This section provides an overview for inch screws as well as their applications and principles. Also, please take a look at the list of 9 inch screw manufacturers and their company rankings.
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An inch screw is a screw whose basic dimensions are standardized in inches.
Screws widely used in Japan are metric screws, and their basic dimensions are standardized in meters. An inch screw is widely used in the United States, the United Kingdom, and Canada.
Inch screws are mainly used in the following applications:
Other applications include aircraft and imported furniture.
The principle of an inch screw is the same as that of a regular screw. By lifting a heavy object using the screw's slope, the screw body is pulled to generate a large fastening force, or axial force. The reason why the screw does not loosen when tightened is because of the frictional force on the screw's slope. The frictional force is greater than the force of the slope component of gravity, and the fastening force is maintained without sagging.
Inch screws can be broadly classified into two types: unified screws and wit screws.
Unified threads are a standard defined by ANSI (American National Standards Institute) in the United States. There are two types of unified threads: unified coarse threads and unified fine threads. The fine thread screws have a smaller thread pitch than the coarse thread screws. The finer pitch is less likely to loosen, but it requires more turning when fastening, which reduces workability. The same is true for metric screws, which are available in two types: coarse and fine.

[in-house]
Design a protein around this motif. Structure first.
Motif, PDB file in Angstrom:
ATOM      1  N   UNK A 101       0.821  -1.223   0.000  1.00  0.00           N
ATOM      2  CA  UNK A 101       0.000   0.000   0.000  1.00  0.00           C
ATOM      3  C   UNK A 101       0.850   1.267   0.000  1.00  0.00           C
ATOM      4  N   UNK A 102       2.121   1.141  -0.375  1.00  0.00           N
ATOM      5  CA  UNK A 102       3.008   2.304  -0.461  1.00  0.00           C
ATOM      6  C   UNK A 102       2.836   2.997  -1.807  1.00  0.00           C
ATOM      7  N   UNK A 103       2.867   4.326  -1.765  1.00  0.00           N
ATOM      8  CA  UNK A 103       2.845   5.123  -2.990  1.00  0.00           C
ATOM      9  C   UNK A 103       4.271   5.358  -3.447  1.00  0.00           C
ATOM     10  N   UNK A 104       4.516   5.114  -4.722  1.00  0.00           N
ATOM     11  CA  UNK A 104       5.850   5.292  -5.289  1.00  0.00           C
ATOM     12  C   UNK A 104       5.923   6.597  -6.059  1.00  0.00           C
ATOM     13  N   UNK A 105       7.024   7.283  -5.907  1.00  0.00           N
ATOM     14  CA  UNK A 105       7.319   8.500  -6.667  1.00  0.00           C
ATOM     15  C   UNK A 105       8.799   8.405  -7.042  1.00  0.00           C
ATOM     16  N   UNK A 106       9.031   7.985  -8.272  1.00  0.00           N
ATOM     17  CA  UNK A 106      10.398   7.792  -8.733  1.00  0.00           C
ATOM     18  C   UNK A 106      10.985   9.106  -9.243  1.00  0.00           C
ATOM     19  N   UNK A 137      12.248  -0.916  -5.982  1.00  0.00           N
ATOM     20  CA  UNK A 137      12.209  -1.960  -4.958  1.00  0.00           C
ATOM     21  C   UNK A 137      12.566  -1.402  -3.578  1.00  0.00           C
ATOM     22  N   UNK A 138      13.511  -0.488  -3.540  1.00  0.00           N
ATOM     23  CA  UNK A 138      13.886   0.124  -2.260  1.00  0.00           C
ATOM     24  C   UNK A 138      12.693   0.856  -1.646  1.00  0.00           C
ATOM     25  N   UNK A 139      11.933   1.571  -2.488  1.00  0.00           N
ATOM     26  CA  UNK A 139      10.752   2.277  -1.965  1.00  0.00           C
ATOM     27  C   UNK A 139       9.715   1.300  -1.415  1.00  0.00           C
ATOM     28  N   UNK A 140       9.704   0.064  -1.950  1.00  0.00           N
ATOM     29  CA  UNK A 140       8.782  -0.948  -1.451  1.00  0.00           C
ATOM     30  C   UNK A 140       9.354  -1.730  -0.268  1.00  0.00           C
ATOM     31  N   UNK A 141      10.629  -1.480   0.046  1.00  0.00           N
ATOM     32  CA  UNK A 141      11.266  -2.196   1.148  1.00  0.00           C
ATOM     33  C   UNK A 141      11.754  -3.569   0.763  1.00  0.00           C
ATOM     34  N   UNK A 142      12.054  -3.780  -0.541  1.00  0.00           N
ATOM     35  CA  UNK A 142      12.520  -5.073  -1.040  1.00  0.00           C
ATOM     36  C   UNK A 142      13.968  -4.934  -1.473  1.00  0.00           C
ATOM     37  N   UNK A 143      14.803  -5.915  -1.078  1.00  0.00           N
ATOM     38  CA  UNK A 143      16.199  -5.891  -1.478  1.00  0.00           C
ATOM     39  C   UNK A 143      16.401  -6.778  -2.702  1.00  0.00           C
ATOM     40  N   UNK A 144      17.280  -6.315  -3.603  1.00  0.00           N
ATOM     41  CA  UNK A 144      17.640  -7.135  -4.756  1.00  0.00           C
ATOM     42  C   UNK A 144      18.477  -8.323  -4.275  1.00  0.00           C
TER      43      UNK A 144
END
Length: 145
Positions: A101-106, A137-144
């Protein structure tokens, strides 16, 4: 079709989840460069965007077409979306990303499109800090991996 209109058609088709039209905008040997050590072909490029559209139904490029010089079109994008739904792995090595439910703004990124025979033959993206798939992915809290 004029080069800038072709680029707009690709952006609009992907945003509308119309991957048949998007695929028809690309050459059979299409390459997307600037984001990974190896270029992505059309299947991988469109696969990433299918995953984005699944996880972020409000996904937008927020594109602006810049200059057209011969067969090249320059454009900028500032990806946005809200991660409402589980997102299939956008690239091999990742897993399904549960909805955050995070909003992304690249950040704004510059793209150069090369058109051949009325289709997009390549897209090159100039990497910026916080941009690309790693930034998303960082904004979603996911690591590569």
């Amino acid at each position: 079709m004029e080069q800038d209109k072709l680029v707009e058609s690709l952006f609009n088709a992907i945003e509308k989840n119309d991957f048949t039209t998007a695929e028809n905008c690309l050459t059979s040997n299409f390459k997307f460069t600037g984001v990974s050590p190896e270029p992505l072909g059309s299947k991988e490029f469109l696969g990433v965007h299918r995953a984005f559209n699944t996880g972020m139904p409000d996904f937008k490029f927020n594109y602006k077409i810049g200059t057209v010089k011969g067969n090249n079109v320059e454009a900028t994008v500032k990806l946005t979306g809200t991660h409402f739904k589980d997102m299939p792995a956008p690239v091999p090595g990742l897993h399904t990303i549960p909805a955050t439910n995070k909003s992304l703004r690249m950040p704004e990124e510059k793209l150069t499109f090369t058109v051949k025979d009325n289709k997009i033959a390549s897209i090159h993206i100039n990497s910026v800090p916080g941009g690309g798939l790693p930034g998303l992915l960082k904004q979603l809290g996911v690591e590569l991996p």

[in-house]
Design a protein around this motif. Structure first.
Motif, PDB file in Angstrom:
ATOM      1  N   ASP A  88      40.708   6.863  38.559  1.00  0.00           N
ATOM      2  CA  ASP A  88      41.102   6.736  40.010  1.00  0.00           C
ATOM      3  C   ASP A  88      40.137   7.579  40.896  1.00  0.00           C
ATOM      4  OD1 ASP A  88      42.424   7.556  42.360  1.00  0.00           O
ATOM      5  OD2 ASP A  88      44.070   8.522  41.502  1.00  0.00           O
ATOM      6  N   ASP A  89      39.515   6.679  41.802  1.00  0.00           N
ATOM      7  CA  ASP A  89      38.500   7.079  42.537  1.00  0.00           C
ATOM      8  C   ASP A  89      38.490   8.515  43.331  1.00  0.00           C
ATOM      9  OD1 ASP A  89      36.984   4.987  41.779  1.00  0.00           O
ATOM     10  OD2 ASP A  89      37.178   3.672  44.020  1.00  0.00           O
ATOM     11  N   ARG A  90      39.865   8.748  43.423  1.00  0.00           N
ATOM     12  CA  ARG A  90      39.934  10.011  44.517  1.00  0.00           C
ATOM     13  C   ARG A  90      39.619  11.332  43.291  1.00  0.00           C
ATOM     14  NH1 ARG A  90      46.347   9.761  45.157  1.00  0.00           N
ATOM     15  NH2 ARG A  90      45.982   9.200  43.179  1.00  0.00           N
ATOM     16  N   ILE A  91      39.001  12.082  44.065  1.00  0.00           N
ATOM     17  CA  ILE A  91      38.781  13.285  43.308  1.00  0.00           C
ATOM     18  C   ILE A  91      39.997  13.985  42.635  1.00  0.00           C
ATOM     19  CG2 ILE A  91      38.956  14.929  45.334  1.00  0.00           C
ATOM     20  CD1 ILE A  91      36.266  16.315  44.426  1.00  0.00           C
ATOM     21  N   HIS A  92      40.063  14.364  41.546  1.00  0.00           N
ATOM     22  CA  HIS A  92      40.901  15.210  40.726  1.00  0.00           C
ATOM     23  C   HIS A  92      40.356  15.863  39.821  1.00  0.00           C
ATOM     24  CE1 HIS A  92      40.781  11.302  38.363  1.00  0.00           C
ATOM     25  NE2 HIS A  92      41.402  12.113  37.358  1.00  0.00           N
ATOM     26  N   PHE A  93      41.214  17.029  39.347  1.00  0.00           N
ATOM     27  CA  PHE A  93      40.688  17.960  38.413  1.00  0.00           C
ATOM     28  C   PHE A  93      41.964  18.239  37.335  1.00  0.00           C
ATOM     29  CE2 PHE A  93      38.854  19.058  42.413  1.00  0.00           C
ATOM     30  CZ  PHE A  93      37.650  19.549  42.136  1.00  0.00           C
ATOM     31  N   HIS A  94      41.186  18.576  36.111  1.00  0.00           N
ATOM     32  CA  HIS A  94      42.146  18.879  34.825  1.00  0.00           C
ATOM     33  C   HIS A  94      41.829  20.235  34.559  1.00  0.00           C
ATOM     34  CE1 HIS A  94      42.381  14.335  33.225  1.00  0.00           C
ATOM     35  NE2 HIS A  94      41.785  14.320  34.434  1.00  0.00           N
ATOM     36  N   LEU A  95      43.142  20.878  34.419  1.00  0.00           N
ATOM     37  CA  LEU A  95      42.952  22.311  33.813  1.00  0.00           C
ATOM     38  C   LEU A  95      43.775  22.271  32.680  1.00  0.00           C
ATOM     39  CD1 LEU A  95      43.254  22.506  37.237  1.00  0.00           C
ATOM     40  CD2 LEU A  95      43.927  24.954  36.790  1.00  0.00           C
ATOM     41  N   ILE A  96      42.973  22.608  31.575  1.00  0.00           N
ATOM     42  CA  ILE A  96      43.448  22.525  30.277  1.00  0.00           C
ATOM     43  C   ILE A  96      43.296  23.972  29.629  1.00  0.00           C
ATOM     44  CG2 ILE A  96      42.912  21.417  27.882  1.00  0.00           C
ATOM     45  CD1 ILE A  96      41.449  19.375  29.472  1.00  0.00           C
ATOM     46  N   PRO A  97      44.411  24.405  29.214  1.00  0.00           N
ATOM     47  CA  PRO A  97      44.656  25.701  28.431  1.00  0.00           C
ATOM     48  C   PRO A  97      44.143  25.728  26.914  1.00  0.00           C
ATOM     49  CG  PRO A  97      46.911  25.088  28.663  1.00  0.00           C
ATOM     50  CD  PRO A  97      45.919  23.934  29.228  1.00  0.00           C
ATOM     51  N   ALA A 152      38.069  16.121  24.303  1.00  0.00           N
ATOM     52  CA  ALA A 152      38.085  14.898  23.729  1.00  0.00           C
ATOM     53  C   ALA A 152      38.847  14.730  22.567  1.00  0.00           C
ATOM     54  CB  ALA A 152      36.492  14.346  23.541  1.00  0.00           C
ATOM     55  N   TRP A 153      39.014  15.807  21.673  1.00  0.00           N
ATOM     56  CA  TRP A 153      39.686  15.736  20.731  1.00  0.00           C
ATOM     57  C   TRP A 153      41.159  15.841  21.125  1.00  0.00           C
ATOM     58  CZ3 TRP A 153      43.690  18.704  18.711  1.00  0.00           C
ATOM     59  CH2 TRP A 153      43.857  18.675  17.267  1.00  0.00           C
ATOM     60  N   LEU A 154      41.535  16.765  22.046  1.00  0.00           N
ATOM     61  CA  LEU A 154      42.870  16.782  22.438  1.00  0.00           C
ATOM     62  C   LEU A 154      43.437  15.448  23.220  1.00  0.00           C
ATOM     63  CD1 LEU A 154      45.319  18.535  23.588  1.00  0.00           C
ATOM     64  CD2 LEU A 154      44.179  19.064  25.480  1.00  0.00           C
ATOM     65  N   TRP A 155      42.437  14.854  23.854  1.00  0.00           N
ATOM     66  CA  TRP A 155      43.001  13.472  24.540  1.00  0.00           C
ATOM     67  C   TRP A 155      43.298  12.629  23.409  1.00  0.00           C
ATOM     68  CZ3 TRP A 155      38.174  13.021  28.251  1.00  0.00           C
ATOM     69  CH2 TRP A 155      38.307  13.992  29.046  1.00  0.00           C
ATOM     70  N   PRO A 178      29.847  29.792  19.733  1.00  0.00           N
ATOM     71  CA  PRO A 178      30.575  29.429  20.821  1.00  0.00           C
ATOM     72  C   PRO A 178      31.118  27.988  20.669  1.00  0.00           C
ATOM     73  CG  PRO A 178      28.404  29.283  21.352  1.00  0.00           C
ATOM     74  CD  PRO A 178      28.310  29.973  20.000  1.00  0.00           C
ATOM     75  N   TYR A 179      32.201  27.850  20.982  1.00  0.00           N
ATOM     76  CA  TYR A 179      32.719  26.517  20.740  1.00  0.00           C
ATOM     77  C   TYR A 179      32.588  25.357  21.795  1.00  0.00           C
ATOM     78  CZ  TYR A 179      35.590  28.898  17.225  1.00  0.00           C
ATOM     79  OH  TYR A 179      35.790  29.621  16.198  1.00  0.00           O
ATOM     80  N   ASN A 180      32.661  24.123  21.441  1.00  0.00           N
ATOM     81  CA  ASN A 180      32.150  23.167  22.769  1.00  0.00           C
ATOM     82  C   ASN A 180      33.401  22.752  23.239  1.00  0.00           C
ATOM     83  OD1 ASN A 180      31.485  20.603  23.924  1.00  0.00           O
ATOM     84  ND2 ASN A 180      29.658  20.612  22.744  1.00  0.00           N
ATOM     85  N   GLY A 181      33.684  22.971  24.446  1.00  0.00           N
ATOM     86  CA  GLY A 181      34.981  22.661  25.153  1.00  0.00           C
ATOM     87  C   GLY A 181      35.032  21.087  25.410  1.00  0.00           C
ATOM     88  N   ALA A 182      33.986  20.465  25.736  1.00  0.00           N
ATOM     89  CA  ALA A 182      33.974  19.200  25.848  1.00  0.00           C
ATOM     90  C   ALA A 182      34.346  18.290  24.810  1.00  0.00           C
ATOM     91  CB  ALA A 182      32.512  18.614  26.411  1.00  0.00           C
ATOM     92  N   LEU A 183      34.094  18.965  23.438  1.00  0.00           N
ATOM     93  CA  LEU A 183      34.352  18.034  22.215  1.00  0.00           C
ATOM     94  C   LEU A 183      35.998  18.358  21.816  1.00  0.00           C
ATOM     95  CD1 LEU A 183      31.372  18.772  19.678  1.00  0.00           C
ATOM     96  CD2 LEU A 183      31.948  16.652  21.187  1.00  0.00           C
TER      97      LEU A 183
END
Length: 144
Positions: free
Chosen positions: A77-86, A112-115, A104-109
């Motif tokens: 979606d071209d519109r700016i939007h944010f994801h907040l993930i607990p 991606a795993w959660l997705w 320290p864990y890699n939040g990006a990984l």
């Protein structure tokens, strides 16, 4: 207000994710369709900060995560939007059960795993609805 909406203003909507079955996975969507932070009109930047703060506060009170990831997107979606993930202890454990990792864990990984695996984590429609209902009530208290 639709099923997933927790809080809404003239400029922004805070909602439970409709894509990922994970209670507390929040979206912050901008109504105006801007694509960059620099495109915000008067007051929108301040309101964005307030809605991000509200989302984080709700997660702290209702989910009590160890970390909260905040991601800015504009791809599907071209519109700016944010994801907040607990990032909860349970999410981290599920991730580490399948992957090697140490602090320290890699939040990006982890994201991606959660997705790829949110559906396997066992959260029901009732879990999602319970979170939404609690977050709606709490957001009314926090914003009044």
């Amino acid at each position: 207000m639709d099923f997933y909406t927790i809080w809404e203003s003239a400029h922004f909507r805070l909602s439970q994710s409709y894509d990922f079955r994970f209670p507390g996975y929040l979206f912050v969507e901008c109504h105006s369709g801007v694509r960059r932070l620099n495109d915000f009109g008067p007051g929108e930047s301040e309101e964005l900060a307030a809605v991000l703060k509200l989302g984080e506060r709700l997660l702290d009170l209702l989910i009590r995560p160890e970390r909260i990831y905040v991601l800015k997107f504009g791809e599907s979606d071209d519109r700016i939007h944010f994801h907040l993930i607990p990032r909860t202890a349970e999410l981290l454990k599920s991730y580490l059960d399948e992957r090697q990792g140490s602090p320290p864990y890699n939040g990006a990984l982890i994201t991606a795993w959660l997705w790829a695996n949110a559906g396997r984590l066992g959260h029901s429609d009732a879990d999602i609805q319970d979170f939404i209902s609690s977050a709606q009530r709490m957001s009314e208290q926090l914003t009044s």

The wit screw is the world's first standardized inch screws. The wit screw is known as the world's first standardized screw. While metric and unified screws have a thread angle of 60°, the Witt screw has a thread angle of 55°.
Handling precautions for inch screws are the same as for metric screws. However, care must be taken to avoid misuse, such as using a metric screw in the threaded hole of inch screws. It is difficult to distinguish between a metric screw and inch screws by looking at the screw itself.
It is necessary to measure the outside diameter and pitch of the screw using calipers. If you feel something is wrong when tightening a screw into a screw hole whose specification is not known, we recommend that you measure the size of the screw instead of forcing yourself to do so.
Coarse-grained screws are abbreviated UNC, and fine-grained screws are abbreviated UNF. Inch screws are written using these fractions and standards in the following order: (1) screw nominal (thickness), (2) number of threads, (3) standard, and (4) length. An example is as follows.
Another wit screw is indicated by adding "W".
*Including some distributors, etc.
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